Usually I would agree with Imp Strump's take, that pressure on Harper to change the economic statement would be sufficient. But he is such a liar, so un-trustworthy, and so hurtful to ordinary Canadians on so many levels, that I think we have to focus on getting him out of there.

It's true that leaves the coalition open to accusations of power-grabbing. I think that's just the inevitable down side to trying to remove a bully and petty tyrant.

M@ said...

It's true that leaves the coalition open to accusations of power-grabbing.

there's one thing I've learned in the last few years about politics, it's that whoever defines the narrative usually wins. The coalition should be defining it as Harper clutching to power immorally and for its own sake. It's their responsibility to avoid being defined as "grabbing" power. I don't like that that's the game, but I've seen it so much over the last eight years I'm convinced it's the case.

This is where Dion's failure lies, too. Harper spent two years in full character assassination mode on Dion, and the other Liberals sat back and watched it happen. I certainly don't see Dion as incapable, confused, or stupid; I think he's a good person and very passionate about his country. But the CPC put a pic of Dion shrugging in everyone's face for a year and a half, and that's what ended up defining him.

It makes me sad for this country that a man like Dion is a political failure and people are looking to Ignatieff to save the progressive agenda in Canada.

Anyhow, not to get off on a tangent, but... oh. That was all really off on a tangent.

L-girl said...

I agree with you that defining the narrative is important, but I don't think it's in any party's power to control what happens to the story.

All you can do is put your story out there.Y ou can't control how the media will shape it (and different media will shape it differently), and that's the filter through which most people will get the message.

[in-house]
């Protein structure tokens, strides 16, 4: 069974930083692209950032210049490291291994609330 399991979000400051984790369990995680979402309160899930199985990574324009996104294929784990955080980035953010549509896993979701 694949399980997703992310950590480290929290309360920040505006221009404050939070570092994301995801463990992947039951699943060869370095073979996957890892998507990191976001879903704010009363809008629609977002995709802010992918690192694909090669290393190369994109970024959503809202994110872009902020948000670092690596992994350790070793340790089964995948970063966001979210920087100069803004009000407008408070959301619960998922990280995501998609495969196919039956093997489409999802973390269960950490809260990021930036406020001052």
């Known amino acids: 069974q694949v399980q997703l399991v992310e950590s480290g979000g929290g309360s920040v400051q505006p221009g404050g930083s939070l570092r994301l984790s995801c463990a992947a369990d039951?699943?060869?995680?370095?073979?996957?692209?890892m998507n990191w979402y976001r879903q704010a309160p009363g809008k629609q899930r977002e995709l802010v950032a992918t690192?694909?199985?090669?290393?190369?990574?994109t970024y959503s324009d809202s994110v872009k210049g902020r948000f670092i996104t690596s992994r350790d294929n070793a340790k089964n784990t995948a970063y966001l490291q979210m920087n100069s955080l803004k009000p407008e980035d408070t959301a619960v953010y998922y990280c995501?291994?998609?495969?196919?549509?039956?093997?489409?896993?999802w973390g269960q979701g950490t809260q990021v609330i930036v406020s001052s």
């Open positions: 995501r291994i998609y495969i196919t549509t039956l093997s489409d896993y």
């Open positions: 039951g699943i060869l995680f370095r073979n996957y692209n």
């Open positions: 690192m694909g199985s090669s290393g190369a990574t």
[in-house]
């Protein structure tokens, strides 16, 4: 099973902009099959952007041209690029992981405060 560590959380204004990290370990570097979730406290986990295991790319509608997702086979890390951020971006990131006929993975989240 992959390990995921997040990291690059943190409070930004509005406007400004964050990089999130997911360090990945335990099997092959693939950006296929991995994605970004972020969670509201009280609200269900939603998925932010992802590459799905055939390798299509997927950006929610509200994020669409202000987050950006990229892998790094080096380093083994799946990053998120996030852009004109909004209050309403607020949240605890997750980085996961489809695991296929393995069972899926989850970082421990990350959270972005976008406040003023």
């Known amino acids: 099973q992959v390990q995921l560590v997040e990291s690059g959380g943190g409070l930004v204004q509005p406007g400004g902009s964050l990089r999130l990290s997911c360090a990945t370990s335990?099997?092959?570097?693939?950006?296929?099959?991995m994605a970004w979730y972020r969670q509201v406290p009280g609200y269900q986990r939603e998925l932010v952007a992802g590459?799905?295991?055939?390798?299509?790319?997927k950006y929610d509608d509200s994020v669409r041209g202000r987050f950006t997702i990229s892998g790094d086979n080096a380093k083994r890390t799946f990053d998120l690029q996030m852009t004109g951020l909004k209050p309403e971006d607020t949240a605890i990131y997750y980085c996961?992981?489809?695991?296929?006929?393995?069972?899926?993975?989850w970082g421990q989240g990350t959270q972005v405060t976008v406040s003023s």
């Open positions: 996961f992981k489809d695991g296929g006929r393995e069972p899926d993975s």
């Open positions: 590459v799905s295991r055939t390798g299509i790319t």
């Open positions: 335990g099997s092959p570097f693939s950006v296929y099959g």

But the CPC put a pic of Dion shrugging in everyone's face for a year and a half, and that's what ended up defining him.

I agree. But I'd add that Dion cooked his own goose by acquiescing to everything Harper did, refusing to trigger an election no matter what. He showed his weakness, which only leads to a bully like Harper exploiting those weaknesses over and over and over.

Dion is obviously an intelligent man, but he was such a weak leader that he became Harper's handmaiden.

I don't think the Conservatives did that to the Liberals - I think the Liberals did it to themselves.

L-girl said...

Also, it's not really a tangent. It's just where the discussion went. :)

impudent strumpet said...

The big question that we don't have an answer to is how many people voted for coalition parties, but feel so threatened by the coalition for whatever reason that they'd change their vote to Conservative?

L-girl said...

The big question that we don't have an answer to is how many people voted for coalition parties, but feel so threatened by the coalition for whatever reason that they'd change their vote to Conservative?

Exactly. That's the big question and the big unknown. And, under our current system, how they'll be spread out vs grouped enough to swing a riding.